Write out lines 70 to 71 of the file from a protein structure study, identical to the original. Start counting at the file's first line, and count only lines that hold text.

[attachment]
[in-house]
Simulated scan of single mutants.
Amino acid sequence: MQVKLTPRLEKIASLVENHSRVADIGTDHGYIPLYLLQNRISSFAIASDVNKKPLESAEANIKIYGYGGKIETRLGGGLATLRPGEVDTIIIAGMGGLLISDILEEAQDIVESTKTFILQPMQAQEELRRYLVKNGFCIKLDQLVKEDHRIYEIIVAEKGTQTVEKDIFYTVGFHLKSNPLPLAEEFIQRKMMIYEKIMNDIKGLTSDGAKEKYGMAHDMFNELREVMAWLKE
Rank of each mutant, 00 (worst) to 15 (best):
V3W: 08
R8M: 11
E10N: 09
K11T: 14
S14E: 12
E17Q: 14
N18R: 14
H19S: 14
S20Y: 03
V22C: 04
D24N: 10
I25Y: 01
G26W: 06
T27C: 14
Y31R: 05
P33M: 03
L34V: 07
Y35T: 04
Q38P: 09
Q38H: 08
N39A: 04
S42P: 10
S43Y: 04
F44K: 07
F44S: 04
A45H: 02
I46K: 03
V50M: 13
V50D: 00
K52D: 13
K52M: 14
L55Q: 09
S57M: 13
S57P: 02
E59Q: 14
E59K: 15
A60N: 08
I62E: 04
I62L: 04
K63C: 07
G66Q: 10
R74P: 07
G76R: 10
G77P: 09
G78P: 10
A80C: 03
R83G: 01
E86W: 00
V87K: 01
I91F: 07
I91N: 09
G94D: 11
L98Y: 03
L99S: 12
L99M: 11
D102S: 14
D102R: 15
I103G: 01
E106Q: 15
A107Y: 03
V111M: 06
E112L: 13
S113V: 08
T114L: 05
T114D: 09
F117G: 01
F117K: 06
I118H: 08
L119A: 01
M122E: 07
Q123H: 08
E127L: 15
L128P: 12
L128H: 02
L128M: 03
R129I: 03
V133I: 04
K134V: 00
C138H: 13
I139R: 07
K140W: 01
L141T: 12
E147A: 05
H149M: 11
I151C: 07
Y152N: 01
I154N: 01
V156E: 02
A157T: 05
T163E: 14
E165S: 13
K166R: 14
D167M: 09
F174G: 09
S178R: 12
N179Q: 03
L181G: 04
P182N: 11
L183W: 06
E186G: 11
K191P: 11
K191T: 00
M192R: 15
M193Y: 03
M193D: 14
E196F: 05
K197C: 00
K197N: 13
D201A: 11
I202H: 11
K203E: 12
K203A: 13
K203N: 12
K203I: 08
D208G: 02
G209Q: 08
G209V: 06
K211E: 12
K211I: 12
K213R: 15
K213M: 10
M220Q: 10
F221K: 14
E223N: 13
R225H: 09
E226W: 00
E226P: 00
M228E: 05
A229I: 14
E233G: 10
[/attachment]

F117G: 01
F117K: 06